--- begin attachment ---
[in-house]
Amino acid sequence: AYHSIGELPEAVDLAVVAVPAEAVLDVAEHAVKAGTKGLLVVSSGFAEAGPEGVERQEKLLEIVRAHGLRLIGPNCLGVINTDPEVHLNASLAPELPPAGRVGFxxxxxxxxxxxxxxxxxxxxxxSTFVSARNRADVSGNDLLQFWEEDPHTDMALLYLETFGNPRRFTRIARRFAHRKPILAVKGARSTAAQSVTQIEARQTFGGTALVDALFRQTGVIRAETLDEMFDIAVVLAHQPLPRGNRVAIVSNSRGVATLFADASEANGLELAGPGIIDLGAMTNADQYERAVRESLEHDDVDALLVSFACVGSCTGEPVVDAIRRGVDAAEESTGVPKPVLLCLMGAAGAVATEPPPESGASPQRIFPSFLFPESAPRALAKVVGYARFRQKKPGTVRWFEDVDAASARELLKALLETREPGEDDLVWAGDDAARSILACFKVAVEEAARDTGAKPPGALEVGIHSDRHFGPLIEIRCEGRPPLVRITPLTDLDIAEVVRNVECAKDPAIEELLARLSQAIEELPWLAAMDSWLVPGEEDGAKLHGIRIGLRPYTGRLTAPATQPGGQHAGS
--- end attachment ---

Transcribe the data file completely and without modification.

[in-house]
Amino acid sequence: AYHSIGELPEAVDLAVVAVPAEAVLDVAEHAVKAGTKGLLVVSSGFAEAGPEGVERQEKLLEIVRAHGLRLIGPNCLGVINTDPEVHLNASLAPELPPAGRVGFxxxxxxxxxxxxxxxxxxxxxxSTFVSARNRADVSGNDLLQFWEEDPHTDMALLYLETFGNPRRFTRIARRFAHRKPILAVKGARSTAAQSVTQIEARQTFGGTALVDALFRQTGVIRAETLDEMFDIAVVLAHQPLPRGNRVAIVSNSRGVATLFADASEANGLELAGPGIIDLGAMTNADQYERAVRESLEHDDVDALLVSFACVGSCTGEPVVDAIRRGVDAAEESTGVPKPVLLCLMGAAGAVATEPPPESGASPQRIFPSFLFPESAPRALAKVVGYARFRQKKPGTVRWFEDVDAASARELLKALLETREPGEDDLVWAGDDAARSILACFKVAVEEAARDTGAKPPGALEVGIHSDRHFGPLIEIRCEGRPPLVRITPLTDLDIAEVVRNVECAKDPAIEELLARLSQAIEELPWLAAMDSWLVPGEEDGAKLHGIRIGLRPYTGRLTAPATQPGGQHAGS